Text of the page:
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The Rostow affair

The departure of Eugene Rostow from high place in Washington was unusual in one respect. There was no glossing over of the fact that he was asked to resign. Normally when anyone leaves one of the higher posts of government in Washington, the separation is arranged with glowing words by the departing officer of appreciation for having had the chance to serve and equally glowing words of thanks and praise from the President.

Normally also either reasons of health or of private interests (such as needing to make more money for educating children, etc.) are given. In this case such reasons were not given. Dr. Rostow was summoned to the office of Secretary of State Shultz and told that the President wanted his resignation.

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State Department and White House spokesmen and lower-level officials explained without hesitation that Dr. Rostow ''had not been a team player'' and that there had been personality and policy problems between him, the State Department, and the White House.

The job Dr. Rostow was asked to leave was one of the more important in the government. As director of the Arms Control and Disarmament Agency he had about as much to do with the survival of the human race as anyone else in Washington. His job was to promote ways and means of reducing the danger of nuclear war by trying to limit the quantities and qualities of weapons, long-range and short-range, nuclear and nonnuclear.

Under Dr. Rostow's direction three separate negotiations have been going on, spasmodically - over strategic weapons between the US and the USSR; over theater nuclear weapons, also between the US and the USSR; and over the possibility of mutual balanced arms reductions in Europe, between NATO and Warsaw Pact countries.

No appreciable progress was made in any one of these three areas during the two years of Dr. Rostow's incumbency. But since Yuri Andropov emerged at the top of the power pyramid in Moscow there has been renewed talk of the possibility of progress. Dr. Rostow has been among those who talked optimistically about prospects.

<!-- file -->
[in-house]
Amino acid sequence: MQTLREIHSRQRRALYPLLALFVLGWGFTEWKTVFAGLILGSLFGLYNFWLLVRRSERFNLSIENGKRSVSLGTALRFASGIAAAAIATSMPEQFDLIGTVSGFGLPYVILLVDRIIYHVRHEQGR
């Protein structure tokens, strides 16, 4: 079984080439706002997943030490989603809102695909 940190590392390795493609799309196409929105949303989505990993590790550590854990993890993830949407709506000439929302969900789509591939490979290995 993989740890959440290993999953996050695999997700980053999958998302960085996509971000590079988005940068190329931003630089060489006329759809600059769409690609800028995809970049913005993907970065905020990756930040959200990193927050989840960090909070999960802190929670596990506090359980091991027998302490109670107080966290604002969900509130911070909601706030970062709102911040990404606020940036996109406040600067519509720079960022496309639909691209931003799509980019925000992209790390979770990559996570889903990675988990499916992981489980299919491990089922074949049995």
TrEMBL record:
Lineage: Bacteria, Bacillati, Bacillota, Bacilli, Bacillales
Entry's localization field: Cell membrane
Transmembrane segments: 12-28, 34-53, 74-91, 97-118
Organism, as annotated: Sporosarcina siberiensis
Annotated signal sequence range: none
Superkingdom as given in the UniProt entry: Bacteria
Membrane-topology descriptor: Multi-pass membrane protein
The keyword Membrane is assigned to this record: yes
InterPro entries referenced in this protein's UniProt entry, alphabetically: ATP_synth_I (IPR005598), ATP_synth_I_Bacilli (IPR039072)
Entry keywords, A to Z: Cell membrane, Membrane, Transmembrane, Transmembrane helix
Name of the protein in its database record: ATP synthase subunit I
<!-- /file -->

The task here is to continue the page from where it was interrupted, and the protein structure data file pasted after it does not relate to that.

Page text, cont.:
Eyebrows were raised in several Washington circles when Dr. Rostow emerged as an optimist about arms control prospects. He had supported Mr. Reagan for the presidency. His appointment was partly as a reward for that service and more because he had been a principal organizer of the self-styled Committee on the Present Danger, an organization which was largely responsible for blocking ratification of SALT II.

Dr. Rostow had been a liberal Democrat in earlier years and he had served at the State Department under Lyndon Johnson. But he was one of several former liberal Democrats who became ''neoconservatives'' and went over to the Republicans during the Carter years. He has always been a prominent and devoted supporter of Israel.

What we are seeing here is a symptom of rifts in the political coalition which brought Ronald Reagan to the presidency. The Committee on the Present Danger brought together leaders of the military-industrial complex with prominent ''hawks'' and with leading supporters of Israel.

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It was assumed in arms control circles that Dr. Rostow's prime assignment would be to block or delay as much and as long as possible serious negotiations with the Soviets for arms control. Many of the elements supporting the work of the Committee on the Present Danger simply do not want traffic with the Soviets, but rather the major arms expansion program which the President is still pursuing and which might be undermined by arms control progress.

Hence, when Dr. Rostow began sounding like an optimist, the hard-liners on the Republican right began to have doubts. He sounded like a convert to the doctrine of limitations and controls.

Senator Helms led the attack on Dr. Rostow. Senator Helms is a conservative in many respects, but he is one of the few members of the Senate who speaks out against the policies of Israel and against US support for those policies. One of the points made against Dr. Rostow in background briefings to correspondents was that he had attempted to play a role in Middle East policy.

The main change resulting from his departure is that the new man in his place will be less a representative of political factions outside the government and more an instrument of official policy as worked out between Secretary of State Shultz and the President.

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